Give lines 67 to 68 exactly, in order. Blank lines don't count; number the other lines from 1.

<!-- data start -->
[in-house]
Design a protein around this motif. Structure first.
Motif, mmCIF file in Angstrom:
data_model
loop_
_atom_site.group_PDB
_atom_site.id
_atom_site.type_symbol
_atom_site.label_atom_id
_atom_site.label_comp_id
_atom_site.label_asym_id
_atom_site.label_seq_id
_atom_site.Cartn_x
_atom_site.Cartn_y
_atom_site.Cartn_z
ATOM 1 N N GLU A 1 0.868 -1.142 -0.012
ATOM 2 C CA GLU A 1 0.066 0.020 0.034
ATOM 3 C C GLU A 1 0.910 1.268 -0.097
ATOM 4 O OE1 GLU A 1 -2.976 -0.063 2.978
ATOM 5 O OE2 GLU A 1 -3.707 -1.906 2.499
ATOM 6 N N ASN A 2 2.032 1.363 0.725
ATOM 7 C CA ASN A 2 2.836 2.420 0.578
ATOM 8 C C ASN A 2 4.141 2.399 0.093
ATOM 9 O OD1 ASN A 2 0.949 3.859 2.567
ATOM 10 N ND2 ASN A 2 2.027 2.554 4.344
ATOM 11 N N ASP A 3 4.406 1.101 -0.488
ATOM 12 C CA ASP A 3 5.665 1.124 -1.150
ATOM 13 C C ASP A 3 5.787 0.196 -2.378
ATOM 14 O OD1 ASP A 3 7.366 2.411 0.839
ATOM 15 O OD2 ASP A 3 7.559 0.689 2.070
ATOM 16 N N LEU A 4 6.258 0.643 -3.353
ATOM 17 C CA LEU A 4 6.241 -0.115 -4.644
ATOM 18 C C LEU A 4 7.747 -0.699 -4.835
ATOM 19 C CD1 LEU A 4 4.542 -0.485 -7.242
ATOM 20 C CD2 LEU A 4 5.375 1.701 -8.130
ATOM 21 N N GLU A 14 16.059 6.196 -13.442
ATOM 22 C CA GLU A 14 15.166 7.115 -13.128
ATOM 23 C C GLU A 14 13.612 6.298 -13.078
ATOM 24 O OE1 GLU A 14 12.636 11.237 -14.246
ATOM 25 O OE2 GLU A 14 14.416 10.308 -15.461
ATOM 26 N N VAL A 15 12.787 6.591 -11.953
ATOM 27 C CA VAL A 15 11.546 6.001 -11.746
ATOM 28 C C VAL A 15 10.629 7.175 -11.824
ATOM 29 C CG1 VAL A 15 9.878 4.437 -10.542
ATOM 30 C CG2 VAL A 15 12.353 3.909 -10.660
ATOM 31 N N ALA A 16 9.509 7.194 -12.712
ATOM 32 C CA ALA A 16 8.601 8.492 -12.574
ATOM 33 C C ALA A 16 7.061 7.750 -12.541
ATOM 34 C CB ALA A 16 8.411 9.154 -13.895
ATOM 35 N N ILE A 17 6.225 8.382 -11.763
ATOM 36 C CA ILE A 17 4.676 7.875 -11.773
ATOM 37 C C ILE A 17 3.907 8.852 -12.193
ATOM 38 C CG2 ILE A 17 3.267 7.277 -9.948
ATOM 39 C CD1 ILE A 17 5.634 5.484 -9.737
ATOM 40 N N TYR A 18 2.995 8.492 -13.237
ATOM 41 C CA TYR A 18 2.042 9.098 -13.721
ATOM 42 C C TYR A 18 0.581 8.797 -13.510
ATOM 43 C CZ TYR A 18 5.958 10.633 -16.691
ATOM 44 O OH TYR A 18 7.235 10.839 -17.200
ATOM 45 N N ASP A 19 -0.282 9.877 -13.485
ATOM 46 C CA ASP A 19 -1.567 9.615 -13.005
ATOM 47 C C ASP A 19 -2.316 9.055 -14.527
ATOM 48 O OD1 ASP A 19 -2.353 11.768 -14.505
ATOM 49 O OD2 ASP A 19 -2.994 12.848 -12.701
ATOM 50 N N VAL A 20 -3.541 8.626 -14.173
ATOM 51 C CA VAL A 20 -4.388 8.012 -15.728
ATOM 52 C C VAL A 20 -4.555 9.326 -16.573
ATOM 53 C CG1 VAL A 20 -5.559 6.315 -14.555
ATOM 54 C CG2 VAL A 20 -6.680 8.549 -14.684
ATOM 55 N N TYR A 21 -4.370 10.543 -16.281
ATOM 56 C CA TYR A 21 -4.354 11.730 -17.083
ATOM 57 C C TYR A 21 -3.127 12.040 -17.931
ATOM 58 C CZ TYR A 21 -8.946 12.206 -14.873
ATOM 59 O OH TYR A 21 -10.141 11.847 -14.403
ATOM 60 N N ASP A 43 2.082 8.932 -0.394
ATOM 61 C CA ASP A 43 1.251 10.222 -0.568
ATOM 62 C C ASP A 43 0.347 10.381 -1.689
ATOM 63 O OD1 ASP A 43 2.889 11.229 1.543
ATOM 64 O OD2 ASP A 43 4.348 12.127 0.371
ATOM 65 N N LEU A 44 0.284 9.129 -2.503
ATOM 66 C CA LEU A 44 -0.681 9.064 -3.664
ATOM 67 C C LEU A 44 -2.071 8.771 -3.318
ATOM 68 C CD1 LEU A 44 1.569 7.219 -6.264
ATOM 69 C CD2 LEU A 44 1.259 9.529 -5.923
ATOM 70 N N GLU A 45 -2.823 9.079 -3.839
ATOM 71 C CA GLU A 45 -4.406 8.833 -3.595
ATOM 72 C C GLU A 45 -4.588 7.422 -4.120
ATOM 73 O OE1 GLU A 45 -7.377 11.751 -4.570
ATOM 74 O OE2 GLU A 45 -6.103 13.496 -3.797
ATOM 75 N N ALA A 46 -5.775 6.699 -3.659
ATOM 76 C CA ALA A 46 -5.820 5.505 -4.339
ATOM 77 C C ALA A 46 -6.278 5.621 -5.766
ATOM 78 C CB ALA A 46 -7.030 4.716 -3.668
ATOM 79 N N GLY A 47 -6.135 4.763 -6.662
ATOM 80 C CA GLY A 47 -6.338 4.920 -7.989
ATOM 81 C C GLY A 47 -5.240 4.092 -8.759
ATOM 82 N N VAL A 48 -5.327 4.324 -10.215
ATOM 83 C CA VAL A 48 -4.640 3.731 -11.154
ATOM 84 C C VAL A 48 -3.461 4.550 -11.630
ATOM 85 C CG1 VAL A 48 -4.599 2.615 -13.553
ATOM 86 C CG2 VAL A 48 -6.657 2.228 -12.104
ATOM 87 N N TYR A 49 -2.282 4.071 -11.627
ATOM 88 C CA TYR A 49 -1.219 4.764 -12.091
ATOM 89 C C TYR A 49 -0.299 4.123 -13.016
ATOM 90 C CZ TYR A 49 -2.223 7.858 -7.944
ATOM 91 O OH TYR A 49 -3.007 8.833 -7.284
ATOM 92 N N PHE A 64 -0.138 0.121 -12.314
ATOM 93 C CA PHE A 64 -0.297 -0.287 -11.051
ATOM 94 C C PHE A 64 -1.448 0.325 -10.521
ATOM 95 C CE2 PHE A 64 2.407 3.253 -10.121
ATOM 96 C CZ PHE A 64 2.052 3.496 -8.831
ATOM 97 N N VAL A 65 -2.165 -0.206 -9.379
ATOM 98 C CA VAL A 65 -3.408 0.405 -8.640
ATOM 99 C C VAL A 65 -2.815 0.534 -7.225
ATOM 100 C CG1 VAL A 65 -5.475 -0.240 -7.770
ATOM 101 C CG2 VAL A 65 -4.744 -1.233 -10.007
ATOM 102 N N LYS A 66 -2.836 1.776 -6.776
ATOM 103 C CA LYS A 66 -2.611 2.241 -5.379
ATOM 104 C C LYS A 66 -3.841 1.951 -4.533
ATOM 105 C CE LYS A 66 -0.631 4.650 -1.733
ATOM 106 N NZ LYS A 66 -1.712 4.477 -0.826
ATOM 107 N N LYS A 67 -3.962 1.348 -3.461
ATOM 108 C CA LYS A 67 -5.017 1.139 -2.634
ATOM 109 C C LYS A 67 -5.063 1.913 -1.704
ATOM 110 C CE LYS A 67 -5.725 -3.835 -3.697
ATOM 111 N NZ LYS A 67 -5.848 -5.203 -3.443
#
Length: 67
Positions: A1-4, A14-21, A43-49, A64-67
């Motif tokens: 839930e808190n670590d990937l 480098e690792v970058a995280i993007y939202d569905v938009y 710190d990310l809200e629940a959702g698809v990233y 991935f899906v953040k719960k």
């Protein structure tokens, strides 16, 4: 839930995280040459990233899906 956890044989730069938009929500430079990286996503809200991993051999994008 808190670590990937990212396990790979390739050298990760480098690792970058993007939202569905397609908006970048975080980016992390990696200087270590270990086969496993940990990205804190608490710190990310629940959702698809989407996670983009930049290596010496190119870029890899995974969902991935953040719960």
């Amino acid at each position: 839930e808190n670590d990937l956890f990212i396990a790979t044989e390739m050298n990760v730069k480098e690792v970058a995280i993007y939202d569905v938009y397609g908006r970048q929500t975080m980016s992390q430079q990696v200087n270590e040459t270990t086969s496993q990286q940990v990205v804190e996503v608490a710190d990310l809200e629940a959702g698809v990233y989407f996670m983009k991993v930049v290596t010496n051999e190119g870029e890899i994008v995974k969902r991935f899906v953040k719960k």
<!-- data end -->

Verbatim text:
ATOM 52 C C VAL A 20 -4.555 9.326 -16.573
ATOM 53 C CG1 VAL A 20 -5.559 6.315 -14.555